The Italian Job: A Career Fair Like No Other @ NYU

Chiara Morucci (April 11, 2012)
The first career fair for Italian majors was just held at NYU's Wasserman Center for Career Development. The event was organized by Salvatore Peter Ambrosino, major in Italian Studies, with the collaboration of Casa Italiana's Director Stefano Albertini, of Claudio Bozzo of the Italy America Chamber of Commerce and of Trudy Steinfeld of the Wasserman Center.

“The Italian Job and Internship Fair” is the first career fair for Italian majors to ever be held in New York City. 

The event took place at NYU and was made possible thanks to a collaborative effort between NYU and Italian companies operating in the United States. 

The organizer of the event was Salvatore Peter Ambrosino, Major in Italian studies, who collaborated with Casa Italiana Zerilli-Marimò’s director Stefano Albertini, with Claudio Bozzo, President of the Italy America Chamber of Commerce and with Trudy Steinfeld, Assistant Vice President of NYU’s Wasserman Center for Career Development

This career fair was conceived to establish a first contact between New York University’s students, the Italy America Chamber of Commerce and the companies that it represents.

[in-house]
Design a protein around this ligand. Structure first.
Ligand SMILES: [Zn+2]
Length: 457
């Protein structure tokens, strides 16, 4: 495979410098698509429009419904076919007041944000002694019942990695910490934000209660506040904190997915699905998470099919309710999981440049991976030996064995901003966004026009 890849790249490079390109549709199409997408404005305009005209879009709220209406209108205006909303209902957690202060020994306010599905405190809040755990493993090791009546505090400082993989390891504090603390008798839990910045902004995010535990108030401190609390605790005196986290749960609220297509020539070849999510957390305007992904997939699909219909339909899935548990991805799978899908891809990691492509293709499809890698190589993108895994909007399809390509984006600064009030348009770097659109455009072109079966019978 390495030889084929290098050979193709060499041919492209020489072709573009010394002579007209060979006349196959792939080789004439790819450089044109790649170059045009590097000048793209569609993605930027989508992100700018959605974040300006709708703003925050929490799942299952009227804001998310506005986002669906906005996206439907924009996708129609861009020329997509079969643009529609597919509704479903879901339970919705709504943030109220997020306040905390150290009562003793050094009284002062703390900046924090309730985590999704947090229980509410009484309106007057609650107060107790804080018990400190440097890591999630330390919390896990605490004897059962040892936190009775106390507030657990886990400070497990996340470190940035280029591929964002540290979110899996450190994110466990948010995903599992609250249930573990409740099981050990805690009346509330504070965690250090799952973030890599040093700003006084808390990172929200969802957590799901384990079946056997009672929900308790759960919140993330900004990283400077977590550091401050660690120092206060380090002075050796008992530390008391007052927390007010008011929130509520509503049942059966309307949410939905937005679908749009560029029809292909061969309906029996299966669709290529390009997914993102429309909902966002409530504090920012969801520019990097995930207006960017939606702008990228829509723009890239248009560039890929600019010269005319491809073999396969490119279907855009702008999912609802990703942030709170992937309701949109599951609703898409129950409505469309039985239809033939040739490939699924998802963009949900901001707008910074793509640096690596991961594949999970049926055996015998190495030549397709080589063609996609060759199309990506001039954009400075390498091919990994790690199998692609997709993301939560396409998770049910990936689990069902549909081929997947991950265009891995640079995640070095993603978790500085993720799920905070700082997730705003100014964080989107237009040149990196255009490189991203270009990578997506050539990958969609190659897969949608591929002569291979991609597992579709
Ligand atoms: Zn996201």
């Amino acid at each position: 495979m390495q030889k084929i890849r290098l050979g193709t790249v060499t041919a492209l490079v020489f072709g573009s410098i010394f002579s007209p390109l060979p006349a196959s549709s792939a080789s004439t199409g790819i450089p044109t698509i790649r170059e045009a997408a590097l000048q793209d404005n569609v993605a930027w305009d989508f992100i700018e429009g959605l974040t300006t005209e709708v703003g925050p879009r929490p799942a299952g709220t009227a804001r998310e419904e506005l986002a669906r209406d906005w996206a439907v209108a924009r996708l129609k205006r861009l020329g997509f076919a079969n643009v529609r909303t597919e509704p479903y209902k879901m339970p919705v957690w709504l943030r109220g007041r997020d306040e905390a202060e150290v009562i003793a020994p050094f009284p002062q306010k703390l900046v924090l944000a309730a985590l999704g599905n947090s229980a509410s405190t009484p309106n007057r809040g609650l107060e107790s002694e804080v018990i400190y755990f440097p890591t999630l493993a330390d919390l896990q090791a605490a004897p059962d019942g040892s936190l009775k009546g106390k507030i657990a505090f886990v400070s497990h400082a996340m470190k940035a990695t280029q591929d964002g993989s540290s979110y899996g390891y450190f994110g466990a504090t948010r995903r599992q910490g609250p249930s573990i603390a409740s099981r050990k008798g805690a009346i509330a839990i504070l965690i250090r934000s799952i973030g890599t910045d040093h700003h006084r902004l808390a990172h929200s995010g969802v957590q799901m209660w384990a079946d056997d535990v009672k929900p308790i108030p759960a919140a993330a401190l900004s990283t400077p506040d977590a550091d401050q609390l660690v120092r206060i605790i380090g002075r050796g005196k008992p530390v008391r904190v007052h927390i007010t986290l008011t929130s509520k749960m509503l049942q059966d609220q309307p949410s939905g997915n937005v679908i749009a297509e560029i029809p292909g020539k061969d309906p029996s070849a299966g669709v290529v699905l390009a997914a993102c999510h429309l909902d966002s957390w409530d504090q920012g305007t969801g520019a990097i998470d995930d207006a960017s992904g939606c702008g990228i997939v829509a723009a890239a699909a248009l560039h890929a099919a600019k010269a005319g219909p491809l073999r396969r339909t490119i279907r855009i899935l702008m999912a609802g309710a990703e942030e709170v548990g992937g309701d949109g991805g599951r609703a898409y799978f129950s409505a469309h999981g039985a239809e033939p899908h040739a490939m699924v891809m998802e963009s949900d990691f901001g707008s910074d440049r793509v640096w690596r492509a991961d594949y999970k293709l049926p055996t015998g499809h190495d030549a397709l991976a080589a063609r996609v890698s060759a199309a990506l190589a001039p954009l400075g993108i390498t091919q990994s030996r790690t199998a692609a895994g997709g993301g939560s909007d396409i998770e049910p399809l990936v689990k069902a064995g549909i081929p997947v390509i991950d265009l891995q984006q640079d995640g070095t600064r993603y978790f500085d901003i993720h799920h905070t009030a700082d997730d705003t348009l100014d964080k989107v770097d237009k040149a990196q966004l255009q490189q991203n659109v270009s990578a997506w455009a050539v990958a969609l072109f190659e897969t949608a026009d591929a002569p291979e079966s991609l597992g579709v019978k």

Organizing such an event was not easy, Ambrosino states: months of planning were needed, as well as a tremendous coordination effort, but the fair is to be considered an exceptional opportunity to grant NYU’s students the access to the strong network of Italian companies operating in New York City. This opportunity to connect is especially valuable given the currently difficult situation in the job market. 

“My hope is that the seeds sown in the student-employer dialogues initiated during yesterday’s event might grow and mature into lasting reciprocal relationships between NYU’s talented students and the prestigious companies that are represented by the IACC,” Ambrosino said.  

The fair hosted 15 companies covering a wide range of  industries, from shipping (Mediterranean Shipping Company, Fratelli Consulich) to fashion (Isaia, Max Mara and Buccellati), to Information technologies (Interlink Technologies) to consulting (Barabino and Partners). Over 100 students attended the fair, which lasted two hours. Both students and company representatives were very enthusiastic and had only positive comments on their experience at the fair.

Ambrosino said to be very satisfied with the results of this year’s “Italian Job and Internship Fair,” and that he is looking forward to begin planning for next year’s edition of the fair, which he hopes will count even more participating companies and attending students.

Ambrosino’s hope for more student-employer dialogues happening is also connected to the wish of reinforcing the bond between New York University and the Italy America Chamber of Commerce, a very strategic connection for NYU students who wish to be involved in the economic activities of Italian businesses in the USA.